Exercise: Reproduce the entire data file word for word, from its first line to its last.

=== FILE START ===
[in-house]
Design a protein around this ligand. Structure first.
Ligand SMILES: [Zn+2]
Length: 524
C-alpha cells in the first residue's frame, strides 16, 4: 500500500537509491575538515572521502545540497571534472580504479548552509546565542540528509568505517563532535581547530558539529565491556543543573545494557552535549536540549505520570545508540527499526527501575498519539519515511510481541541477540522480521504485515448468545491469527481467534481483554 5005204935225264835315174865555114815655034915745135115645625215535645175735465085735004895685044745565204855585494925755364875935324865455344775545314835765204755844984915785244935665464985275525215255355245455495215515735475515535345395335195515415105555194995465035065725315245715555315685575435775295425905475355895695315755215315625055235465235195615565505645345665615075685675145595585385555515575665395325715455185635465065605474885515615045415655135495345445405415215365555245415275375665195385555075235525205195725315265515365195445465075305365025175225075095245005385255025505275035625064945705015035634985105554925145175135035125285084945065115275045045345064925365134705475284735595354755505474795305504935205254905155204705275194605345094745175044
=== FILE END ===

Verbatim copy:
[in-house]
Design a protein around this ligand. Structure first.
Ligand SMILES: [Zn+2]
Length: 524
C-alpha cells in the first residue's frame, strides 16, 4: 500500500537509491575538515572521502545540497571534472580504479548552509546565542540528509568505517563532535581547530558539529565491556543543573545494557552535549536540549505520570545508540527499526527501575498519539519515511510481541541477540522480521504485515448468545491469527481467534481483554 5005204935225264835315174865555114815655034915745135115645625215535645175735465085735004895685044745565204855585494925755364875935324865455344775545314835765204755844984915785244935665464985275525215255355245455495215515735475515535345395335195515415105555194995465035065725315245715555315685575435775295425905475355895695315755215315625055235465235195615565505645345665615075685675145595585385555515575665395325715455185635465065605474885515615045415655135495345445405415215365555245415275375665195385555075235525205195725315265515365195445465075305365025175225075095245005385255025505275035625064945705015035634985105554925145175135035125285084945065115275045045345064925365134705475284735595354755505474795305504935205254905155204705275194605345094745175044